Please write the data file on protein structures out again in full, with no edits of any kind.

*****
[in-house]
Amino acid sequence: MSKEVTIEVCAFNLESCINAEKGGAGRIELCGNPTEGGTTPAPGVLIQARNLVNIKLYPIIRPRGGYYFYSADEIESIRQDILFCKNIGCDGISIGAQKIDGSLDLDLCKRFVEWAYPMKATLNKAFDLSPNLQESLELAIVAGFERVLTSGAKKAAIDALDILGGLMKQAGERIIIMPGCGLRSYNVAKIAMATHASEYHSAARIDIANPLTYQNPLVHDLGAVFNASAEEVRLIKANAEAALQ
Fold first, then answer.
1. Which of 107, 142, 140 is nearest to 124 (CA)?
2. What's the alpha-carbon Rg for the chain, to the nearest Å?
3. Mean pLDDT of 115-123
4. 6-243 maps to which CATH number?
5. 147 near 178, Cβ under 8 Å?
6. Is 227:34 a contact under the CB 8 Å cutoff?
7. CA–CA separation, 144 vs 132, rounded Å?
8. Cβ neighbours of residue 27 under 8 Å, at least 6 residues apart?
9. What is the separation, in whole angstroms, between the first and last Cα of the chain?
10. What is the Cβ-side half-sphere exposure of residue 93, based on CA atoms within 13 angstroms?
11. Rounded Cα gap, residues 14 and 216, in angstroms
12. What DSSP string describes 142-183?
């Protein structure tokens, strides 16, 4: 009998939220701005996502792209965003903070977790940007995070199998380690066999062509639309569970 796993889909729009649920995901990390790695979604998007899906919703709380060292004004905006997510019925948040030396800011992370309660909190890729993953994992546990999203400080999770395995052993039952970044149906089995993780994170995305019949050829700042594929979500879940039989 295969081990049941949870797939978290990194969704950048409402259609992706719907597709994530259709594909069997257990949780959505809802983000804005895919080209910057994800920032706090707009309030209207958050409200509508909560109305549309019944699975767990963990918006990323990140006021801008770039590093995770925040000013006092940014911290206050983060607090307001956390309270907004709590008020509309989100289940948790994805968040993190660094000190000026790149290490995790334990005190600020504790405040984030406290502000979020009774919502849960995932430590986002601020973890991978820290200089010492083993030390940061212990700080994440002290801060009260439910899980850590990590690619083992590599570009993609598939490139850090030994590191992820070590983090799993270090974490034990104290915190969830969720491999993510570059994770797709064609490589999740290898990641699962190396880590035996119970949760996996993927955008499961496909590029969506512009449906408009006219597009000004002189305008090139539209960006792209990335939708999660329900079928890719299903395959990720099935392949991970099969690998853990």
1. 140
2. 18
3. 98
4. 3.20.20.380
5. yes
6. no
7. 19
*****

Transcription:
[in-house]
Amino acid sequence: MSKEVTIEVCAFNLESCINAEKGGAGRIELCGNPTEGGTTPAPGVLIQARNLVNIKLYPIIRPRGGYYFYSADEIESIRQDILFCKNIGCDGISIGAQKIDGSLDLDLCKRFVEWAYPMKATLNKAFDLSPNLQESLELAIVAGFERVLTSGAKKAAIDALDILGGLMKQAGERIIIMPGCGLRSYNVAKIAMATHASEYHSAARIDIANPLTYQNPLVHDLGAVFNASAEEVRLIKANAEAALQ
Fold first, then answer.
1. Which of 107, 142, 140 is nearest to 124 (CA)?
2. What's the alpha-carbon Rg for the chain, to the nearest Å?
3. Mean pLDDT of 115-123
4. 6-243 maps to which CATH number?
5. 147 near 178, Cβ under 8 Å?
6. Is 227:34 a contact under the CB 8 Å cutoff?
7. CA–CA separation, 144 vs 132, rounded Å?
8. Cβ neighbours of residue 27 under 8 Å, at least 6 residues apart?
9. What is the separation, in whole angstroms, between the first and last Cα of the chain?
10. What is the Cβ-side half-sphere exposure of residue 93, based on CA atoms within 13 angstroms?
11. Rounded Cα gap, residues 14 and 216, in angstroms
12. What DSSP string describes 142-183?
């Protein structure tokens, strides 16, 4: 009998939220701005996502792209965003903070977790940007995070199998380690066999062509639309569970 796993889909729009649920995901990390790695979604998007899906919703709380060292004004905006997510019925948040030396800011992370309660909190890729993953994992546990999203400080999770395995052993039952970044149906089995993780994170995305019949050829700042594929979500879940039989 295969081990049941949870797939978290990194969704950048409402259609992706719907597709994530259709594909069997257990949780959505809802983000804005895919080209910057994800920032706090707009309030209207958050409200509508909560109305549309019944699975767990963990918006990323990140006021801008770039590093995770925040000013006092940014911290206050983060607090307001956390309270907004709590008020509309989100289940948790994805968040993190660094000190000026790149290490995790334990005190600020504790405040984030406290502000979020009774919502849960995932430590986002601020973890991978820290200089010492083993030390940061212990700080994440002290801060009260439910899980850590990590690619083992590599570009993609598939490139850090030994590191992820070590983090799993270090974490034990104290915190969830969720491999993510570059994770797709064609490589999740290898990641699962190396880590035996119970949760996996993927955008499961496909590029969506512009449906408009006219597009000004002189305008090139539209960006792209990335939708999660329900079928890719299903395959990720099935392949991970099969690998853990």
1. 140
2. 18
3. 98
4. 3.20.20.380
5. yes
6. no
7. 19